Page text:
Deadline: 2016-02-04
Value of Scholarship: Exeter
Level Of Study: PhD

ESRC SWDTC Studentship: How do beliefs, attitudes and expectations about ageing influence lifestyle choices for cognitive health maintenance in over 50s?

The University of Exeter is pleased to be offering a total of up to 22 ESRC funded 1+3 or +3 studentships, including any collaborative projects, as part of the South West Doctoral Training Centre (SWDTC) for entry in 2016-17. Within the DTC, the College of Life and Environmental Sciences is currently inviting applications for the project entitled: How do beliefs, attitudes and expectations about ageing influence lifestyle choices for cognitive health maintenance in over 50s? . This project is one of a number that are in competition for funding. Studentships will be awarded on the basis of merit and strategic fit with the aims of the DTC.

For eligible UK/EU students the full time studentship will cover fees and an annual Research Council stipend of at least £14,057 (2015-16 rate) for up to three years (+3 award) or four years (1+3 award).

For the 1+3 studentships we would require you to register initially on one of the following Masters programmes:

MSc Psychological Research Methods (Streatham campus)

MSc Social and Organisational Psychology (Streatham campus)

For the +3 studentships we would require you to register on the MPhil/PhD Psychology (Streatham campus).

Applicants are encouraged to discuss their applications with the supervisors prior to submission.


Professor Linda Clare, Psychology (University of Exeter) Director of the Centre for Research in Ageing and Cognitive Health (REACH).

Professor Ian Rees Jones, (Cardiff University) Director of the Wales Institute for Social and Economic Research, Data and Methods (WISERD).

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Professor Kaarin Anstey, (Australian National University) Director of the Centre for Research Excellence in Promoting Cognitive Health and Preventing Cognitive Decline.

Project Description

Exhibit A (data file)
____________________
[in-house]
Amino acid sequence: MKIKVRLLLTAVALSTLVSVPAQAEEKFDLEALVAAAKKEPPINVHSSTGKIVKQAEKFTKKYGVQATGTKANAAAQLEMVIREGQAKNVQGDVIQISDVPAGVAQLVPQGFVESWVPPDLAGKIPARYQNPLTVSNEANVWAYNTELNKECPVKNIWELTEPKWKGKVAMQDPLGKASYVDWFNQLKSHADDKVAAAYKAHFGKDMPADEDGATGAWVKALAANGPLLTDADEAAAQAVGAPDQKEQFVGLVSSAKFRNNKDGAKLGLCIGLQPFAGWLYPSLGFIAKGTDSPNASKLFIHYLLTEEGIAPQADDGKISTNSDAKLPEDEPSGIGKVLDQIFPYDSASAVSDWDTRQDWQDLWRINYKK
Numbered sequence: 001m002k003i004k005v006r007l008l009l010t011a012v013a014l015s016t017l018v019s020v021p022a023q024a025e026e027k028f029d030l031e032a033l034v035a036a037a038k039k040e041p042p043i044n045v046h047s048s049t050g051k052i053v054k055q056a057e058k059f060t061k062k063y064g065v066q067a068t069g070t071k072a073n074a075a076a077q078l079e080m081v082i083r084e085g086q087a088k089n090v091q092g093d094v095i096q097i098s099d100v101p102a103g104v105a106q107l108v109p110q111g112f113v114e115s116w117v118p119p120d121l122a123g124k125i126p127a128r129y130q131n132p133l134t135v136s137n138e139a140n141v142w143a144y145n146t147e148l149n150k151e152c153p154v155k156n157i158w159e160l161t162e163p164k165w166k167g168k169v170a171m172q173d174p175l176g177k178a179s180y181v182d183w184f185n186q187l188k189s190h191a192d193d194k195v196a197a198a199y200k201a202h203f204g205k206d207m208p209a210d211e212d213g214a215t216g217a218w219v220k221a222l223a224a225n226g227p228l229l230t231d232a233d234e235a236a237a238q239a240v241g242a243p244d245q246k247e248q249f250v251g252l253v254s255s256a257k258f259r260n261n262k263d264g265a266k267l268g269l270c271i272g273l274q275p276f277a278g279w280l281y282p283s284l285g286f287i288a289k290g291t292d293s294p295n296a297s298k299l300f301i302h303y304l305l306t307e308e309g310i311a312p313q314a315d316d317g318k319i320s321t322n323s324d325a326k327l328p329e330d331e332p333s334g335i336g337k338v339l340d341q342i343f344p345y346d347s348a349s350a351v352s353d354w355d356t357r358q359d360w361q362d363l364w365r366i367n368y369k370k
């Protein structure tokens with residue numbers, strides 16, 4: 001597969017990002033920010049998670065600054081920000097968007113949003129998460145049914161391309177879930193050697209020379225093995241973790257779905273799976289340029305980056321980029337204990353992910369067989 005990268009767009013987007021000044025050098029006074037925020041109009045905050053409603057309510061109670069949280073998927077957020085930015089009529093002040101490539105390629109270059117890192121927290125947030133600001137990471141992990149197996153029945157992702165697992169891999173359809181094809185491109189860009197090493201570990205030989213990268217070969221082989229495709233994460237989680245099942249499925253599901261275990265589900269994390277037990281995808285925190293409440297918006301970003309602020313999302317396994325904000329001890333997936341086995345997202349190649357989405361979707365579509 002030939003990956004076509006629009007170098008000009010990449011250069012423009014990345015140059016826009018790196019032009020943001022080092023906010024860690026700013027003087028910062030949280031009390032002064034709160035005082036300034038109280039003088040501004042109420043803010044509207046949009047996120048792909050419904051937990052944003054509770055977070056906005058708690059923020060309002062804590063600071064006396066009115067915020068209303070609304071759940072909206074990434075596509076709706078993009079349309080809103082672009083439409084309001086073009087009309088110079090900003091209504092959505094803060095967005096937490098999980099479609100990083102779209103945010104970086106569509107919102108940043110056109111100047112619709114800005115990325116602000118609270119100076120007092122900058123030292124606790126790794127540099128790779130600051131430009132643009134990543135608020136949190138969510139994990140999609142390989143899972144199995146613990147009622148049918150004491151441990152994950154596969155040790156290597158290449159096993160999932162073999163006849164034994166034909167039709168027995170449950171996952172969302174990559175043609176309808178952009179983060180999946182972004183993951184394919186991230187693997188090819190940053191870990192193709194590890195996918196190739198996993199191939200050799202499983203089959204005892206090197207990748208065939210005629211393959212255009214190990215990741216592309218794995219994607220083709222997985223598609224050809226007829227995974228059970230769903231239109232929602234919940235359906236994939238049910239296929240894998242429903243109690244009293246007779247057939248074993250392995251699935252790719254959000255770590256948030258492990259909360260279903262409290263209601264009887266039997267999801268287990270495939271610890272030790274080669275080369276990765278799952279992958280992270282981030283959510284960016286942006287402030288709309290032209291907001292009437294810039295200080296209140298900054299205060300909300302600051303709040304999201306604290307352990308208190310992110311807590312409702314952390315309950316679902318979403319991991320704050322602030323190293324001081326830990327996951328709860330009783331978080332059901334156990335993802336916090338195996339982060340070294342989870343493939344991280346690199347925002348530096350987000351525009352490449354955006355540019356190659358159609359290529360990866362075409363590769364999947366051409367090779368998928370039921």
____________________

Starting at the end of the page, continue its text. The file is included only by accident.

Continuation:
Alterations in potentially-modifiable lifestyle behaviours in mid-life and the early stages of ageing can significantly improve cognitive health in later life and reduce the risk of age-related cognitive decline and dementia. There is a need to understand how best to motivate people to change their behaviour in ways that will support continued mental fitness. This project will examine how attitudes to ageing, and beliefs and expectations about age-related change, relate to lifestyle and behaviour choices relevant to maintaining cognitive health in people aged 50 – 75, and will identify the extent to which beliefs and expectations mediate the relationship of individual psychological and social resources with lifestyle and behaviour. The impact of individual beliefs, expectations and attitudes will be examined by analysing Australian data from the ARC Centre of Excellence in Population Ageing Research national survey on cognitive health and collecting comparable data in the UK. New data will be collected in the UK in order to examine in detail the way in which the experience of age-related change influences lifestyle and behaviour. Paradigms recently developed by our group will be extended to investigate the extent to which the subjective experience of age-related change in cognitive functioning corresponds to objectively-defined changes in cognitive ability on tasks known to be sensitive to cognitive ageing, and determine whether good or poor correspondence differentially relates to changes in lifestyle and behaviour. The findings will indicate new ways of personalising information and key messages about lifestyle change. The new understandings that emerge from these analyses will be applied in the development and feasibility testing of interventions to promote cognitive health, particularly in ‘at-risk’ groups, and methodologies to increase the ‘reach’ of interventions to population sub-groups who are less likely to access interventions in real life due to health, motivational, socio-demographic or cultural issues.

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